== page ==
September 20, 2021
4 Steps to Communicate in a Crisis Situation
Written by: David Grossman
Every company deals with difficult problems and issues each day. Starbucks’ issue of racial profiling in one of their stores; United Airlines forcibly removing a passenger from a flight; countless companies having issues with data breaches; leadership teams finding themselves in the hot seat for not following through on diversity and inclusion pledges, to name a few.
Over the past year and a half, the COVID-19 pandemic proved that no industry or organization is free from the risk of a crisis. As companies worked their way through workplace and workforce implications of the pandemic, we all learned more about the critical importance of communicating during crisis. So, how can corporate leaders apply these lessons when something goes wrong?
4 Steps to Effectively Communicate in a Crisis
One important caveat up front — sound communications cannot make up for poor decision-making on the part of leadership. However, when leaders do become aware of issues, they should follow these actions:
- Gather the Facts
Understand the situation, its components, results and future implications as much as possible. Figure out what you know; what you don’t know; what you need to find out; and what are myths and rumors that abound.
- Tell the Truth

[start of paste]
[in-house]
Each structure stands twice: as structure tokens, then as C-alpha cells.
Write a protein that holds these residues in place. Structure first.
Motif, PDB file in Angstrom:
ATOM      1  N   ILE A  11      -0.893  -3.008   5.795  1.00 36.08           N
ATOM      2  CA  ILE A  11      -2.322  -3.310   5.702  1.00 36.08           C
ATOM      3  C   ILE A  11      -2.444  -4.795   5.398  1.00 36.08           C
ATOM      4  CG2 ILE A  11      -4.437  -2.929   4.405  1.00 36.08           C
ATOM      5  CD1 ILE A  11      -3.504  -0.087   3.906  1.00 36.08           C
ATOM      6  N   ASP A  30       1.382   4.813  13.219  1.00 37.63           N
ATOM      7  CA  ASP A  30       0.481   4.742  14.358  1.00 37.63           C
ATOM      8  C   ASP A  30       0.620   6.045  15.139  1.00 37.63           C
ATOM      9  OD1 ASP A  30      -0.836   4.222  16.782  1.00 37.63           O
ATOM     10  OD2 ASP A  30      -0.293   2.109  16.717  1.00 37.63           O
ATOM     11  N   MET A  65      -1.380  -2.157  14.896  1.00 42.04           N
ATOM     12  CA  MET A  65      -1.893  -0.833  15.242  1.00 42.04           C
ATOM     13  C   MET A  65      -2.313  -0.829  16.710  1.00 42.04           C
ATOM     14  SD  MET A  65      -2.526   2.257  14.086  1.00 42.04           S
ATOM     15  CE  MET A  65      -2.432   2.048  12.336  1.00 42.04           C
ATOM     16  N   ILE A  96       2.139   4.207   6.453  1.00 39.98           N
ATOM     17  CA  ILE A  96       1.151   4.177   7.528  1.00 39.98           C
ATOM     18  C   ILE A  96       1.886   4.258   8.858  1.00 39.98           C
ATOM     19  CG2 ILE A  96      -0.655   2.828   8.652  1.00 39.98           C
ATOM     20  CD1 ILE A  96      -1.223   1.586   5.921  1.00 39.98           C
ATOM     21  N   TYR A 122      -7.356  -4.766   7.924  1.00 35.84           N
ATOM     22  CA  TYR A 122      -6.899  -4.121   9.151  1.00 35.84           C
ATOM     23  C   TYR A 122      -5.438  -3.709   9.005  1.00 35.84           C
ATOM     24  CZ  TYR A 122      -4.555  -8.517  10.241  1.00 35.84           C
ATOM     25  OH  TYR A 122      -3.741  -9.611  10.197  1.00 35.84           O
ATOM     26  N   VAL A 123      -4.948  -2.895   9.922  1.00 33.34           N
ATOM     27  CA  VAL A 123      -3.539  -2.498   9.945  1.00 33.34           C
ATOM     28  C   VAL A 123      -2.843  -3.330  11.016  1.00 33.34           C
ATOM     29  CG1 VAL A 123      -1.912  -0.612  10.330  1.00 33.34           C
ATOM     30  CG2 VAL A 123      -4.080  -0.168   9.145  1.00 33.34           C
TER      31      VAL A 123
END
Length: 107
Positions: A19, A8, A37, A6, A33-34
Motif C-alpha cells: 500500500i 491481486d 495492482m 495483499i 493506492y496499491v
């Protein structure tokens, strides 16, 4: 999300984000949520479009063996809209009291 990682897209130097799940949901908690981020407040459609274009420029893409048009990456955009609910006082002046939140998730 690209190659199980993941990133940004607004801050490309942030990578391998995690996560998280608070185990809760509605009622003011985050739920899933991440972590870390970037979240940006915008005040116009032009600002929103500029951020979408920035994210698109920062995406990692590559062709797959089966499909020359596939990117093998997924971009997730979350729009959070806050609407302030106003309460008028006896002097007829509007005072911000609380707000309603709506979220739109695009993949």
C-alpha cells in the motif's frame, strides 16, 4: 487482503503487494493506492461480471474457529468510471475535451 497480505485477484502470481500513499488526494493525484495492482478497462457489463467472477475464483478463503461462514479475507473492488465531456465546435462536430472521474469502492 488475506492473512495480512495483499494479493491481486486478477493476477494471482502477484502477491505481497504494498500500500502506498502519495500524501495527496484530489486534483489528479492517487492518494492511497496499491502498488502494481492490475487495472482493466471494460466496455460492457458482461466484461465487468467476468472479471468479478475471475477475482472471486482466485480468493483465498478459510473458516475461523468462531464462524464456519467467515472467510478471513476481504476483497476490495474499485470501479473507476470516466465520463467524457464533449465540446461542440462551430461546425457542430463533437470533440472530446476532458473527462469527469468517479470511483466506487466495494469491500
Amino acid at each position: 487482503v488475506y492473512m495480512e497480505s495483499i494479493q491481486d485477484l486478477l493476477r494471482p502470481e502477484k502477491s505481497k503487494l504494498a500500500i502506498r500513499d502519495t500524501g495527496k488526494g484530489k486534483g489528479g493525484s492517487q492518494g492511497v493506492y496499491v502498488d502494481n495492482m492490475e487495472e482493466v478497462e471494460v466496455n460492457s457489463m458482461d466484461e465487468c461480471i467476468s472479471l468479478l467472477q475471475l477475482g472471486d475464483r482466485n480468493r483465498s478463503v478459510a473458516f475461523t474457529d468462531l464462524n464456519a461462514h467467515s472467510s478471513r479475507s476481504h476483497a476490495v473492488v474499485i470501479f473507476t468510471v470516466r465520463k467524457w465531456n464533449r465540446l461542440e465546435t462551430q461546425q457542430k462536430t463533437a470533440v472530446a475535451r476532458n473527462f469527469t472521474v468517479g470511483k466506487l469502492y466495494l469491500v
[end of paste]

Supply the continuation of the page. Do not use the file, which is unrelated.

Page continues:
There is no substitute for this. While you should work with your communications and legal teams on what information you will be sharing, whatever you share needs to be the unadulterated truth. Be honest about what you know and what you are working to figure out.
- Plan Your Communications - and Be Proactive
With the exception of regulatory requirements, all communication should be executed from the “inside out.” Employees should be communicated to first and foremost, followed by outside audiences. Communicate proactively with your stakeholders to avoid an information vacuum that can fill with misinformation.
- Build Communication Skill
No matter how successful the leader, there is one common truth — communication is a learned skill. When crisis situations arise, those leaders who have taken the time to build that skill beforehand are far more successful than those learning “on the fly.” To drive effective communications, leaders must:
- Have a platform that outlines their core messages and actions
- Be visible, open, honest, trustworthy and candid
- Be consistent
- Communicate frequently and proactively
- Understand that everything they say and do communicates
- Answer questions employees have
- Be engaged in developing and planning their communications
- Engage their communications team as a business partner
- Know their audience and where they are coming from
- Ask employees for their input and use it
The Value of Being a leadercommunicator
These are the qualities of what I call a “leadercommunicator,” an individual who realizes that most problems in business today lie in the absence of real communication. They apply in a crisis and every day. When done well, these courageous leaders are able to mitigate crisis, create shared meaning and move people to action.
Which one step — when implemented effectively — will be most useful to help you become a leadercommunicator?
Click below to download the Take 5 Planning Template — and use it to plan your communications — whether it’s to one person, a group or an organization.
Tag(s): Change Management
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